Using Transit-Oriented Development to Promote Economic and Racial Justice

An art display at the symposium. Photo: Lynda Lopez
An art display at the symposium. Photo: Lynda Lopez

Transit-oriented development in Chicago often inspires conversations about equity, not because of its current iteration, but because its potential. In our city TOD has become nearly synonymous with upscale development. But when new housing is built near transit, it should create opportunities for residents of various income levels, not just affluent people. Instead, Chicago’s TOD boom has often been associated with rising rents and the displacement of lower-income and working-class people of color, especially along the Milwaukee Avenue corridor in gentrifying Logan Square and Wicker Park. For TOD to be equitable, the planning must address issues of economic and racial justice.

Elevated Chicago is an organization seeking to inspire intersectional conversations about TOD. Launched in 2017, Elevated Chicago is a collaborative comprised of 17 partners, including business, governmental, and nonprofit organizations with a goal of addressing displacement though equitable TOD. It aims to concentrate investments within its “eHubs,” half-mile radius circles around seven CTA stations, located in four different parts fo town. The stations include three stops on the Green Line’s South Side branch, two stops on the Green and Blue Lines on the West Side, The California Pink Line station and the Logan Square Blue Line stop.

An elevated panel including Joanna Trotter, Nootan Bharani, Justin Garrett Moore, Christian Diaz, and Shandra Richardson. Photo: Lynda Lopez
An elevated panel including Joanna Trotter, Nootan Bharani, Justin Garrett Moore, Christian Diaz, and Shandra Richardson. Photo: Lynda Lopez

This past Thursday, over 200 representatives of Elevated partner groups and other residents attended the Elevated Chicago Symposium, a discussion of equitable TOD (eTOD)-related work, challenges, and solutions. The summit was also an opportunity for community partners in each eHub to give presentations on their initiatives and the issues they’ve encountered.

Jennie Fronczak from LUCHA and Aaron Johnson from Center for Changing Lives presented on their work around the Logan Square Blue Line eHub. A major success they touted was securing a community benefits agreement with Blue Star Properties for its future hotel and restaurant at the old Grace’s Furniture Building, next door to one of the Logan Square station entrances. Under the CBA, 75 percent of jobs will be full-time and pay $17 an hour, and will go to local residents. Every six months, the developer has to report back to community groups to make sure the CBA is being honored.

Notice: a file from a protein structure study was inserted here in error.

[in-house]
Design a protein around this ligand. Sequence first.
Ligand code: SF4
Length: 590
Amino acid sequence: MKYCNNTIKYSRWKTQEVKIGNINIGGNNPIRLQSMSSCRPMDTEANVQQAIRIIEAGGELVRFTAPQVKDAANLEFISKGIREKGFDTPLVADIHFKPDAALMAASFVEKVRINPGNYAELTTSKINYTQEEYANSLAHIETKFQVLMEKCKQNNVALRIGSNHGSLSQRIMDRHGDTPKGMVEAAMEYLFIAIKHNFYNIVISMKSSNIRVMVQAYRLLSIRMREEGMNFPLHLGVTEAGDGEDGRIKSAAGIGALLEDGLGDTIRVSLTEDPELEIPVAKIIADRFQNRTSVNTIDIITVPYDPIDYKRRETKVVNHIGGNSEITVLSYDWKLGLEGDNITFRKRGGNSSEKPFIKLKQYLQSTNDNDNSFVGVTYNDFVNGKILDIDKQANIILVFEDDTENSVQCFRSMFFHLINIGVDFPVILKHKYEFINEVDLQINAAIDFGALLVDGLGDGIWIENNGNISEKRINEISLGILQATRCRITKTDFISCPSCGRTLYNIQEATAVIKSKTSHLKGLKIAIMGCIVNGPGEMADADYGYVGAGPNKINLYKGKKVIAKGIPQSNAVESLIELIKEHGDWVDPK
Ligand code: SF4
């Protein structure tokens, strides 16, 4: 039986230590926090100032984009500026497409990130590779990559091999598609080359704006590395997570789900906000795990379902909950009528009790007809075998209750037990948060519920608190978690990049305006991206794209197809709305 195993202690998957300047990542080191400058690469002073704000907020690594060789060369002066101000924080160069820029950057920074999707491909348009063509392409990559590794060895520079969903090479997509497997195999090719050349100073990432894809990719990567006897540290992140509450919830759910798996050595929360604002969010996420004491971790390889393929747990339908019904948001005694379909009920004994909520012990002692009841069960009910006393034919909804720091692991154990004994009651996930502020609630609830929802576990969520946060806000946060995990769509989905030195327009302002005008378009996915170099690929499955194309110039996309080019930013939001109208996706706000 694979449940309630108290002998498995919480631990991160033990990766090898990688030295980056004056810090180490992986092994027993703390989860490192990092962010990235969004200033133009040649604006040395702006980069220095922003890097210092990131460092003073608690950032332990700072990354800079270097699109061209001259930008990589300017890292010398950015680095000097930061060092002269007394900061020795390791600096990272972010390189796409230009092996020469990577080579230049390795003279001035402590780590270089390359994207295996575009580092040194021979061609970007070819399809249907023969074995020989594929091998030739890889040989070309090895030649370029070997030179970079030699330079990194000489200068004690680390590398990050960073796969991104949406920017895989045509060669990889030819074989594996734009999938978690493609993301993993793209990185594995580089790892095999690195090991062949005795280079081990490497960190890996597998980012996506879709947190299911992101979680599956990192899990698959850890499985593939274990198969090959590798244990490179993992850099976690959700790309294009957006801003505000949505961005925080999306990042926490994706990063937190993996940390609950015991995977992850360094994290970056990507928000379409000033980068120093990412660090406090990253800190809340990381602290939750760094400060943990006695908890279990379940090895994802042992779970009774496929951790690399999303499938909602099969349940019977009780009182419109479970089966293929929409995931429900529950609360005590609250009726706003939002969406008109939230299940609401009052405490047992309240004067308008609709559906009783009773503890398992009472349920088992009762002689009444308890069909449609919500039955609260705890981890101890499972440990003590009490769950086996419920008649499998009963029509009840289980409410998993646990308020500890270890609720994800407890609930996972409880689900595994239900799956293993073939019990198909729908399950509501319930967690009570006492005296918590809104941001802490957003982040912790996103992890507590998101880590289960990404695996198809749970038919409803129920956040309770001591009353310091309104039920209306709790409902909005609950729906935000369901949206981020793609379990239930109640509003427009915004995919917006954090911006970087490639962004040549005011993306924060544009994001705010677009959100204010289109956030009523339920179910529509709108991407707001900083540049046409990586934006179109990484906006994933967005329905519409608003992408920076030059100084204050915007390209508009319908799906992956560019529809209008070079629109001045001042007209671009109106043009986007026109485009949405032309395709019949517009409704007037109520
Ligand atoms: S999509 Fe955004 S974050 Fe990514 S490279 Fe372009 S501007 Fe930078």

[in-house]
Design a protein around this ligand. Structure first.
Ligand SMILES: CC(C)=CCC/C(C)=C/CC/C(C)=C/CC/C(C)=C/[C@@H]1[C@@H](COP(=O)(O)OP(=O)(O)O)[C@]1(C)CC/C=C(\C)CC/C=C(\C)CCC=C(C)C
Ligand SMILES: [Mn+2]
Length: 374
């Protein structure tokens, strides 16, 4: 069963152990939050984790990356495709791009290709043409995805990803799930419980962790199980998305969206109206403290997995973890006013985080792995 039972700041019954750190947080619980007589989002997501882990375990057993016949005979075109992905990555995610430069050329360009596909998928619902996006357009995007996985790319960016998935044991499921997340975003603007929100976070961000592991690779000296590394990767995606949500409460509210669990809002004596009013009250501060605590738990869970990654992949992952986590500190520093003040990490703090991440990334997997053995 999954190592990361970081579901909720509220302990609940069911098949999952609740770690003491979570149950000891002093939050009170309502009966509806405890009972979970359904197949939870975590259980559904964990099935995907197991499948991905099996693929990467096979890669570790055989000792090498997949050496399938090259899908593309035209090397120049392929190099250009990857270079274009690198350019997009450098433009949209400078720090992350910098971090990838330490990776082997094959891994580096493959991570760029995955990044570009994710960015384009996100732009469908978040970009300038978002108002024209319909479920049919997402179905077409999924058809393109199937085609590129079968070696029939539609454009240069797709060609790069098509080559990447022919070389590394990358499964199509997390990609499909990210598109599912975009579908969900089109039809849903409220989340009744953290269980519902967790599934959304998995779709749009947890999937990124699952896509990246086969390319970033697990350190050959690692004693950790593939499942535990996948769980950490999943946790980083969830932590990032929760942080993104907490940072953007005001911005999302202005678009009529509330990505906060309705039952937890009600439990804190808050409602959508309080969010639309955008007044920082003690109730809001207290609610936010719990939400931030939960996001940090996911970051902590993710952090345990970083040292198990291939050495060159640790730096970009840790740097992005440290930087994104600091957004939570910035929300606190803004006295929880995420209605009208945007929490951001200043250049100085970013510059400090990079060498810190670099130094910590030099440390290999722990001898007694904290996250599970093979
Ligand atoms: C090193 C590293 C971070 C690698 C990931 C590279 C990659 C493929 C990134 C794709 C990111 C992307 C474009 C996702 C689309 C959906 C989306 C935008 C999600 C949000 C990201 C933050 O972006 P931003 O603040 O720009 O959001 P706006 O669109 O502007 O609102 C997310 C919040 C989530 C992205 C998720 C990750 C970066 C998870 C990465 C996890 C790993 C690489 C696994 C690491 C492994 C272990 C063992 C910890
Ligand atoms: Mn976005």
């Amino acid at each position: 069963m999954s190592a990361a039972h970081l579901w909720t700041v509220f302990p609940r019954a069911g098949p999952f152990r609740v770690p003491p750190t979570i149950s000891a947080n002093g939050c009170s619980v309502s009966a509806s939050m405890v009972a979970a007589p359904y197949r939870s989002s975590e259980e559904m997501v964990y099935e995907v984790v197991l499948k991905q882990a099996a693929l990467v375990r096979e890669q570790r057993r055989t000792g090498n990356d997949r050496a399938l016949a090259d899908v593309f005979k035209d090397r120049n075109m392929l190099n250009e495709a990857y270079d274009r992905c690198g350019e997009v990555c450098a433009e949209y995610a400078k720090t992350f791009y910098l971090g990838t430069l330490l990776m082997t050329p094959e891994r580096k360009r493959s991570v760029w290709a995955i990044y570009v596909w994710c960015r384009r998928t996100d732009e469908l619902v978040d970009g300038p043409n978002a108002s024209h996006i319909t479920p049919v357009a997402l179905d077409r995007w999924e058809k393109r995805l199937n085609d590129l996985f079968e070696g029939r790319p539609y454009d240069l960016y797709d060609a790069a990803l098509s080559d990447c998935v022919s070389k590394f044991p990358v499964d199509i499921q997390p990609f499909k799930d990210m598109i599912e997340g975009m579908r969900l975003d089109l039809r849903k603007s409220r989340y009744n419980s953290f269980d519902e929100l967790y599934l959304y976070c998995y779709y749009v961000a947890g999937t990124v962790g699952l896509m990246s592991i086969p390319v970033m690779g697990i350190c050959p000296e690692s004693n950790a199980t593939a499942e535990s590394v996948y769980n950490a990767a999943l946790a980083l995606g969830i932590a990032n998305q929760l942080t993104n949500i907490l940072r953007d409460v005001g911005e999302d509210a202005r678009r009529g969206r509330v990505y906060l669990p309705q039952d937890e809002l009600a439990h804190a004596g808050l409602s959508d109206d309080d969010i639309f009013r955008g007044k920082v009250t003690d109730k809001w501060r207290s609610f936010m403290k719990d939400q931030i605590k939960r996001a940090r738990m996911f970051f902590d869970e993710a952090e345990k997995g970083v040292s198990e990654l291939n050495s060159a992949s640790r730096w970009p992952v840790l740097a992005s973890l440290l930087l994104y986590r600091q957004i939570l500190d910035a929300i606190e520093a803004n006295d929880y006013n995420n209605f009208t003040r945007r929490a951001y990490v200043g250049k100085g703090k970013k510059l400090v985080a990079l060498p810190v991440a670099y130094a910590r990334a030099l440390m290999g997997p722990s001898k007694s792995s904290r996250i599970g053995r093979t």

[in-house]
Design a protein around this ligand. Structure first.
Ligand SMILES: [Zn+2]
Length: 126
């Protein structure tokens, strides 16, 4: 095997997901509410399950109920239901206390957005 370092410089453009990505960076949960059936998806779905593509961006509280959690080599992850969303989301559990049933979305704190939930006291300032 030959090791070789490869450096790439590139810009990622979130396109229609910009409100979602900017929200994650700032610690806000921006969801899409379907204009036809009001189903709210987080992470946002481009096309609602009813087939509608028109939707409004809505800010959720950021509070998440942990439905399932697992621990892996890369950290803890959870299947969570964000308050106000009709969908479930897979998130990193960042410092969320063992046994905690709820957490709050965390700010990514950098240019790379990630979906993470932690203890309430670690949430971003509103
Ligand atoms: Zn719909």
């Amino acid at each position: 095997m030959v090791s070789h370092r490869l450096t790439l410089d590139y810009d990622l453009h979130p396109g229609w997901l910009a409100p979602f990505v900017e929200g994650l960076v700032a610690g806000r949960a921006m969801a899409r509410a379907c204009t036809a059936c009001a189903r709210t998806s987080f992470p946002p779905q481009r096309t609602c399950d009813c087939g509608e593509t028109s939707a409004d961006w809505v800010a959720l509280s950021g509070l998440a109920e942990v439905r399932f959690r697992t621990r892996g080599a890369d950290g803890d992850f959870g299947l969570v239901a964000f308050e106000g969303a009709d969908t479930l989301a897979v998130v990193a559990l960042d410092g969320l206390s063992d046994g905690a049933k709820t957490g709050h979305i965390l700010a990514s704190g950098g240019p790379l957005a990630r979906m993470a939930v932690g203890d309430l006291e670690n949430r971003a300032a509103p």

Aaron Johnson and Jennie Fronczak. Photo: Lynda Lopez
Aaron Johnson and Jennie Fronczak. Photo: Lynda Lopez

Adrienne Lange from Latinos Progresando and Omar Magana of OPEN Center for the Arts gave a presentation on the California Pink Line station eHub. One of the successes Lange highlighted was the future conversion of an old library in Little Village into an immigrant resource and community space. In addition to that, the Marshall Square Resource Network organized a walkability study last year to collect data on the conditions for pedestrians in Little Village. Magana also discussed how art is being used to help create community.

Kevin Sutton of the Foundation for Homan Square and Mike Tomas of the Garfield Community Council gave a presentation on the Kedzie Corridor eHub. One of the challenges Tomas mentioned was the declining African-American population around the Kedzie Green Line stop, which touches on Elevated Chicago’s goal of addressing displacement triggered by gentrification, and also displacement caused by disinvestment. Citywide, Chicago’s Black population has been falling, a phenomenon some have labeled a reverse Great Migration.

Tomas discussed his experiences attending housing court to help residents dealing with foreclosures or evictions, which also had the goal of preventing future building demolitions in the neighborhood. There are also efforts to help community members grow their own food, as there are no grocery stores in the area near the station. One major success Tomas mentioned was the CBA reached with The Hatchery, a new business incubator next to the Kedzie Green Line stop. The CBA includes an agreement to ensure residents can access the kitchen space and jobs within the incubator.

The last presenters were Ghian Foreman of the Washington Park Development Group and Leslé Honoré of the K.L.E.O. Community Family Life Center. Foreman talked about the challenges of working around three CTA train stations (the 51st, Garfield, and 63rd Green Line stops) because of the different dynamics of the area surrounding each station. “It’s giving us an opportunity to plan for the future,” Foreman said.